What it boils down to is this: you show me your white robe, I’ll show you the Cross; you show me your Passover, I’ll show you the Cross; you show me your 40 day fast, I’ll show you the Cross; you show me your church attendance, I’ll show you the Cross. you show me your prayer shawl, I’ll show you the Cross. If we could get right with God or get sanctified simply based on the things we do, then Christ’s death on the cross was pointless. Paul the apostle stated: “I do not frustrate the grace of God: for if righteousness come by the law, then Christ is dead in vain.” (Galatians 2:21). Please note the full meaning of his words. He says that we effectively frustrate, nullify, and set aside, the grace of God when we opt to try and obtain righteousness through what we do. He also wrote on this matter: “O foolish Galatians, who hath bewitched you, that ye should not obey the truth, before whose eyes Jesus Christ hath been evidently set forth, crucified among you? This only would I learn of you, Received ye the Spirit by the works of the law, or by the hearing of faith? Are ye so foolish? having begun in the Spirit, are ye now made perfect by the flesh?” (‭‭Galatians‬ ‭3:1-3‬). That last phrase, ‘having begun in the Spirit, are ye now made perfect by the flesh’, speaks volumes. It says in essence, ‘Are you so foolish as to think that your working and doing things to accomplish righteousness is going to get you anywhere?’ Finally, in Romans 3:20 he makes it very plain when he speaks: ‭”Therefore by the deeds of the law there shall no flesh be justified in his sight: for by the law is the knowledge of sin.”‭‭ There it is. He says that the things we do (which we ultimately turn into law), do not bring about the righteousness that God accepts. It is the law that makes us aware of our sin.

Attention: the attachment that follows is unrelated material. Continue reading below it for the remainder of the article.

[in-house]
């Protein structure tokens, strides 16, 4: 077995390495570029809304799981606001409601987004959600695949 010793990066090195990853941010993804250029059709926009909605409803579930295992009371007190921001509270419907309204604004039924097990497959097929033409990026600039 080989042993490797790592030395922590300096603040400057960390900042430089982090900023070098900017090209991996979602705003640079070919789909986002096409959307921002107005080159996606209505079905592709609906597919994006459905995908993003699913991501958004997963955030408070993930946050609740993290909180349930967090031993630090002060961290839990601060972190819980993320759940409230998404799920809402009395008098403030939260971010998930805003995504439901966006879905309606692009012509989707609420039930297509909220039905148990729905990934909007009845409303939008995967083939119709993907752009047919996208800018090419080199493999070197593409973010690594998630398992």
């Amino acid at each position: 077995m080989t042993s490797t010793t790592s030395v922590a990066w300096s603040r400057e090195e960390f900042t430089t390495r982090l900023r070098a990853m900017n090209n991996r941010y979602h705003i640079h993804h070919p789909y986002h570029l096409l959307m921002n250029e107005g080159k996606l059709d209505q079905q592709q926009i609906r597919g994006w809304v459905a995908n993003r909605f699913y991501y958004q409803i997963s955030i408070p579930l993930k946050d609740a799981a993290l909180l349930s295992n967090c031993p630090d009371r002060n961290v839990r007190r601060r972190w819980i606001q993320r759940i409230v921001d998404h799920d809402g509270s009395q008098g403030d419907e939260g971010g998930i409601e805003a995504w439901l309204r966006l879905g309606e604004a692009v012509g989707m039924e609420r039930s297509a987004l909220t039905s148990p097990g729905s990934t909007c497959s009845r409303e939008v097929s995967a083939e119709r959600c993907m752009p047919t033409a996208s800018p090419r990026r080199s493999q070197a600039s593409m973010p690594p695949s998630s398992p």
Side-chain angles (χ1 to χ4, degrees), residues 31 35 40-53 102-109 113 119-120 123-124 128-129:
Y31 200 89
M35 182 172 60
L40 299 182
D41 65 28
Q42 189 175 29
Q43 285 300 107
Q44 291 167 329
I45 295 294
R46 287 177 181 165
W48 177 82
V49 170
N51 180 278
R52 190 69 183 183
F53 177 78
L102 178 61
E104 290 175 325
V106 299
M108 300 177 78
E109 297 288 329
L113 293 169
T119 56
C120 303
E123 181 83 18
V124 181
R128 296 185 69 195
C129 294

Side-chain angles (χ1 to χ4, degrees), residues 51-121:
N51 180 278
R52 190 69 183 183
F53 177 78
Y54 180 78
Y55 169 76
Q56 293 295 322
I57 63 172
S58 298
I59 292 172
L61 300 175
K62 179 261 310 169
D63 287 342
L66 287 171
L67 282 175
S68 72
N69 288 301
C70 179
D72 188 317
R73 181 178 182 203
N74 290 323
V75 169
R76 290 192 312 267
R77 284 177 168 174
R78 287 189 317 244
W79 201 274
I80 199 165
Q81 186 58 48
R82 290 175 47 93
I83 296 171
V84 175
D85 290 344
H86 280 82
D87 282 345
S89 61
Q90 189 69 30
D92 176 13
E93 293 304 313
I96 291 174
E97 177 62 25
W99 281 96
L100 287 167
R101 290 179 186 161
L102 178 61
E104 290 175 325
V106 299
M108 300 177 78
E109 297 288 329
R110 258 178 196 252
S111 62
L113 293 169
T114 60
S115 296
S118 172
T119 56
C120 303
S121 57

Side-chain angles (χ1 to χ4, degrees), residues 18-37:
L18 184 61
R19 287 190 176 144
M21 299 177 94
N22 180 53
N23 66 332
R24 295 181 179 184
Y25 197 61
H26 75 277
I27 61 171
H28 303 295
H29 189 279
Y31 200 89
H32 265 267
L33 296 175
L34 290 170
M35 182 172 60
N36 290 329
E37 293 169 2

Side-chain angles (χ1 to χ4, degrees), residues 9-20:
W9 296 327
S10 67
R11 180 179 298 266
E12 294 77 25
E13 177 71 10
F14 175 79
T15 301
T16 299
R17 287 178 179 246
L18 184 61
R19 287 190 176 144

Let me conclude by saying that not only is the Cross at the heart of our sanctification, it is at the heart of all we do for Him and all we are in Him; that is, our service and our identity. This is because the Cross makes everything possible. Have you made the Cross your center?